September 18, 2006
IBM has announced new software that allows clients to transform their existing technology infrastructures into dynamic, virtualized environments that can be more efficient to run, easier to manage and use less power and space, according to the company.
The software, ideal for use in Grid computing environments, reduces complexity and provides a central point to prioritize, manage and integrate workloads and data for enterprise processing through the intelligent matching of resources to workload requests, without human intervention.
The Tivoli Dynamic Workload Broker further expands IBM's leadership in workload automation for enterprise clients by extending the capabilities of the Tivoli Workload Scheduler to virtual computing environments -- automatically clustering, scheduling and managing different types of workloads across a virtualized environment.
Clients embracing SOA can also use this technology in managing heterogeneous workloads to help accelerate the integration of batch function, where various computing jobs are submitted to queues and then scheduled for processing.
"With the Tivoli Dynamic Workload Broker, IBM is in the advanced stages of our evolution toward becoming the cross-enterprise workload management backbone, capable of dynamic end-to-end scheduling across mainframe, distributed, Grid, and high performance computing environments," said Ken King, vice president of Grid computing at IBM. "This new software expands our Batch-on-Grid solution to improve business efficiency and reduce costs by automatically adapting workload execution to environment changes, distributing workloads to the best available resource across a dynamically shifting, cross-enterprise resource pool, and drastically reducing the labor intensive process of manually planning job, task and service assignments to each resource."
The adoption of Grid computing is growing, especially in the insurance and financial industries, as Grid computing enables companies to use existing physical resources instead of buying all new hardware.
The new offering expands the IBM scheduling and workload management portfolio, which includes the Tivoli Workload Scheduler, Tivoli Workload Scheduler LoadLeveler and WebSphere Extended Deployment. IBM's family of workload automation offerings delivers comprehensive workload management capabilities for batch workloads, workflows, J2EE transactional applications, and parallel applications across clusters and heterogeneous grids.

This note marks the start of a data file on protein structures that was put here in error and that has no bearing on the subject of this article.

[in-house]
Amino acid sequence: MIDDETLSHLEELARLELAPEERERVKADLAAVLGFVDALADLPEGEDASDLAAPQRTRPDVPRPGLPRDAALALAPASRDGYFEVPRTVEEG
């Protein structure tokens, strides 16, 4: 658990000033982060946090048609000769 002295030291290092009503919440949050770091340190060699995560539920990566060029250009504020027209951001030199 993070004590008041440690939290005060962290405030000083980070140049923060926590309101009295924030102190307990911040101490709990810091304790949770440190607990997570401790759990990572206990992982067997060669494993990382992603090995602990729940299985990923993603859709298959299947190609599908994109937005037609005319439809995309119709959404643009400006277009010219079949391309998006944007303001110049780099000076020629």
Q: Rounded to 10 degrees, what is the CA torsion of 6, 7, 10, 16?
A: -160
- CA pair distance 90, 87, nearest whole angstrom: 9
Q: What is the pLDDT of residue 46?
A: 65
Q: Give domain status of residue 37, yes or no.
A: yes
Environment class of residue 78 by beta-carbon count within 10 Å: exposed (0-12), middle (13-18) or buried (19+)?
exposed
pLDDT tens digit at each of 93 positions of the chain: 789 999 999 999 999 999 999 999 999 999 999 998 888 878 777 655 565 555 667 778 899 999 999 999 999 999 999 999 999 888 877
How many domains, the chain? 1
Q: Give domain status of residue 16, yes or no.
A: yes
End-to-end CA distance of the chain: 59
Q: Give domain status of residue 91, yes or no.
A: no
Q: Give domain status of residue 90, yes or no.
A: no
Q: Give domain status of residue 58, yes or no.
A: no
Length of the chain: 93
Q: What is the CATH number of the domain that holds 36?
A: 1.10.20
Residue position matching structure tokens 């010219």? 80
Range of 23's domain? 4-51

The offering will be available on October 6, 2006 and can be purchased through IBM and select IBM Grid and Software Business Partners and re-sellers.
IBM Batch-on-Grid blends self-managing autonomic computing with technology borrowed from a mainstay programming technique called "batch computing," which originated in the 1950s and is still used by thousands of finance, government and industrial customers.
Large-scale, worldwide scientific initiatives rely on some cloud-based system to both coordinate efforts and manage computational efforts at peak times that cannot be contained within the combined in-house HPC resources. Last week at Google I/O, Brookhaven National Lab’s Sergey Panitkin discussed the role of the Google Compute Engine in providing computational support to ATLAS, a detector of high-energy particles at the Large Hadron Collider (LHC).
Frank Ding, engineering analysis & technical computing manager at Simpson Strong-Tie, discussed the advantages of utilizing the cloud for occasional scientific computing, identified the obstacles to doing so, and proposed workarounds to some of those obstacles.
The private industry least likely to adopt public cloud services for data storage are financial institutions. Holding the most sensitive and heavily-regulated of data types, personal financial information, banks and similar institutions are mostly moving towards private cloud services – and doing so at great cost.
May 16, 2013 |
When it comes to cloud, long distances mean unacceptably high latencies. Researchers from the University of Bonn in Germany examined those latency issues of doing CFD modeling in the cloud by utilizing a common CFD and its utilization in HPC instance types including both CPU and GPU cores of Amazon EC2.
May 10, 2013 |
Australian visual effects company, Animal Logic, is considering a move to the public cloud.
May 10, 2013 |
Program provides cash awards up to $10,000 for the best open-source end-user applications deployed on 100G network.
05/10/2013 | Cleversafe, Cray, DDN, NetApp, & Panasas | From Wall Street to Hollywood, drug discovery to homeland security, companies and organizations of all sizes and stripes are coming face to face with the challenges – and opportunities – afforded by Big Data. Before anyone can utilize these extraordinary data repositories, however, they must first harness and manage their data stores, and do so utilizing technologies that underscore affordability, security, and scalability.
04/02/2012 | AMD | Developers today are just beginning to explore the potential of heterogeneous computing, but the potential for this new paradigm is huge. This brief article reviews how the technology might impact a range of application development areas, including client experiences and cloud-based data management. As platforms like OpenCL continue to evolve, the benefits of heterogeneous computing will become even more accessible. Use this quick article to jump-start your own thinking on heterogeneous computing.